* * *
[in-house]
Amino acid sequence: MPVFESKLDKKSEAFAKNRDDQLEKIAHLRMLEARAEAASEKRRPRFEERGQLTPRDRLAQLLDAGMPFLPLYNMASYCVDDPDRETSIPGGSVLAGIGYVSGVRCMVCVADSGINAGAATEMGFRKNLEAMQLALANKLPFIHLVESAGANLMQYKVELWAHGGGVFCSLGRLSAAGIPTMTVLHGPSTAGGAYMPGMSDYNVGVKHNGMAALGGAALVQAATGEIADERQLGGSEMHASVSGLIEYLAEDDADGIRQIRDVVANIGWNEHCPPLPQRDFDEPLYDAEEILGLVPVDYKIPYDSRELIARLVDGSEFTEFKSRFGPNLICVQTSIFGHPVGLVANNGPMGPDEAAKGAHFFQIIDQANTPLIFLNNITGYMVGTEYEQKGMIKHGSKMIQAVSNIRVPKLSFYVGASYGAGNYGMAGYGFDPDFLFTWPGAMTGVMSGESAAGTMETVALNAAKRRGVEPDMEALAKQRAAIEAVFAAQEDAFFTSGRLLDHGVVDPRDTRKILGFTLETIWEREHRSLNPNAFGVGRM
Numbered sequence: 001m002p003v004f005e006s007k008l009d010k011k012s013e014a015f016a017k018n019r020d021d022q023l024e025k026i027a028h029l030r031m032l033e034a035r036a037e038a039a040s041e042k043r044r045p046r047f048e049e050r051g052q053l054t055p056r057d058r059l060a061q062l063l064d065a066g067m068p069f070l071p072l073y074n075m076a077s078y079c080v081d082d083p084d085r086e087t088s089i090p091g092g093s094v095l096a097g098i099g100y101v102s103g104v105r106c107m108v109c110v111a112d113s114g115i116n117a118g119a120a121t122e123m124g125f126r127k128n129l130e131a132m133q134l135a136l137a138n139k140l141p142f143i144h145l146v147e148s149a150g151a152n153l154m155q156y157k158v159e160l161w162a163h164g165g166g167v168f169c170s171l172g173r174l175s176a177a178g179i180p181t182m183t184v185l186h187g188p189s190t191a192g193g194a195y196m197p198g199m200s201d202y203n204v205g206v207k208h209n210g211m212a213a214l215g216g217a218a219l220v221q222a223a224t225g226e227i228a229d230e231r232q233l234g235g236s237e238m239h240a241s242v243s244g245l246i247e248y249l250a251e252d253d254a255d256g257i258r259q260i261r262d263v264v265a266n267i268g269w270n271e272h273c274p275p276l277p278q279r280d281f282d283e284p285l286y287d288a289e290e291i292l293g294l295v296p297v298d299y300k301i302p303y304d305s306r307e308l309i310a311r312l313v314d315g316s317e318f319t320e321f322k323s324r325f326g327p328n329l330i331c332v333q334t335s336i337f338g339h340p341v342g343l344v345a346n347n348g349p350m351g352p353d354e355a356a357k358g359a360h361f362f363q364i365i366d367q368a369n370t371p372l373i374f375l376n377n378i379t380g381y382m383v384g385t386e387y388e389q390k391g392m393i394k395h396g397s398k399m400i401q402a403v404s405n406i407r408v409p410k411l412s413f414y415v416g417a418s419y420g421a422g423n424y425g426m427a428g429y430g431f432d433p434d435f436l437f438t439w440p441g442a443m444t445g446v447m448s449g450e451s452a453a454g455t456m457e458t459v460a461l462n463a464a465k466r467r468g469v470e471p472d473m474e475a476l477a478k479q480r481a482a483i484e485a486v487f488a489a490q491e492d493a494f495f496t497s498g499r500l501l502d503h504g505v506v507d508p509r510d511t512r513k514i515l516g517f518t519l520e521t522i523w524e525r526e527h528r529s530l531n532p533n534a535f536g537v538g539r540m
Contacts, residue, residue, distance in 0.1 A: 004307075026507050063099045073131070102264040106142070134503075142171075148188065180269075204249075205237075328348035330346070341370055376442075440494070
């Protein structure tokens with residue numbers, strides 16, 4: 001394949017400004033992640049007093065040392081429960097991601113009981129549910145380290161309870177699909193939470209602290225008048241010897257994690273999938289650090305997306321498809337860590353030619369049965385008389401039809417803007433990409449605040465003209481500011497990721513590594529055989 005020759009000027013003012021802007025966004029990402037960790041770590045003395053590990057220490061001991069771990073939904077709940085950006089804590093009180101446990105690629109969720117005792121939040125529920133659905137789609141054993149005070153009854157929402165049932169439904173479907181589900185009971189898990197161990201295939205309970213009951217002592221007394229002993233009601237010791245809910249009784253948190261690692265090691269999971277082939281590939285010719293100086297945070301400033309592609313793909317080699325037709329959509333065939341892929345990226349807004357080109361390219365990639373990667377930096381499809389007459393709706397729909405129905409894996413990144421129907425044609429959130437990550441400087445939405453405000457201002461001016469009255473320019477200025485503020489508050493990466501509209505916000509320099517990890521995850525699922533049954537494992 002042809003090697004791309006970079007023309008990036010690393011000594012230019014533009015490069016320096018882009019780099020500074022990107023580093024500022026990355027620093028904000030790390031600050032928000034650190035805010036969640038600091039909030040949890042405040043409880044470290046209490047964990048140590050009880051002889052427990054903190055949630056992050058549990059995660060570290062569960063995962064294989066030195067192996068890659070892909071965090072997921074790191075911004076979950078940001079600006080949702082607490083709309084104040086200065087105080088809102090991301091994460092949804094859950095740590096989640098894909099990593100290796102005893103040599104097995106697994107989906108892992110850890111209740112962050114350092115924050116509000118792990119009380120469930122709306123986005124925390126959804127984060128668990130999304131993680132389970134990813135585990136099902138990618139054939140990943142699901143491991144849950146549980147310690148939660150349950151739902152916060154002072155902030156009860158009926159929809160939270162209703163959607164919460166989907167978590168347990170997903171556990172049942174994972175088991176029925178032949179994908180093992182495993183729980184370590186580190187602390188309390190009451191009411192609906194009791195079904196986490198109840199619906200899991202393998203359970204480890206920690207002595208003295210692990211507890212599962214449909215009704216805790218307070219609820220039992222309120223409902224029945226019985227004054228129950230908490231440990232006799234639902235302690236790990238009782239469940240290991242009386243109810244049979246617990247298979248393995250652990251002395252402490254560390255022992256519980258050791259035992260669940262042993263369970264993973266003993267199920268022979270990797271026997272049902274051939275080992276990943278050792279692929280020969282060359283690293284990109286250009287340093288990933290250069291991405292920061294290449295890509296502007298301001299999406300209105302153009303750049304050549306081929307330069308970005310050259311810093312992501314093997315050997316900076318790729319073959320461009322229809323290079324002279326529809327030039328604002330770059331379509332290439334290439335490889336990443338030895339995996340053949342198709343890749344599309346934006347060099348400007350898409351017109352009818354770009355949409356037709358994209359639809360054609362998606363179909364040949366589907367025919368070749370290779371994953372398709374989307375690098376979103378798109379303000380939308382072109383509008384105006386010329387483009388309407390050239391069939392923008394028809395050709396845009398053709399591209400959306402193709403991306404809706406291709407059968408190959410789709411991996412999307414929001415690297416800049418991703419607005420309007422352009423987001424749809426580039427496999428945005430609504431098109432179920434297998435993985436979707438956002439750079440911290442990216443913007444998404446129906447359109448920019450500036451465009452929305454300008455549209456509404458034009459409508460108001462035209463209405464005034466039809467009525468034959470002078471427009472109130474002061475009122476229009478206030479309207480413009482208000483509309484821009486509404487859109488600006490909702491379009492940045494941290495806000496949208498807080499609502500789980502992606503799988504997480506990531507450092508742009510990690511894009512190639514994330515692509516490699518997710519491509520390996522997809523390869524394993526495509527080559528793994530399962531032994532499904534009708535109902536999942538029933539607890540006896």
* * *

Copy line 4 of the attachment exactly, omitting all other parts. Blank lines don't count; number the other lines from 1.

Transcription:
Contacts, residue, residue, distance in 0.1 A: 004307075026507050063099045073131070102264040106142070134503075142171075148188065180269075204249075205237075328348035330346070341370055376442075440494070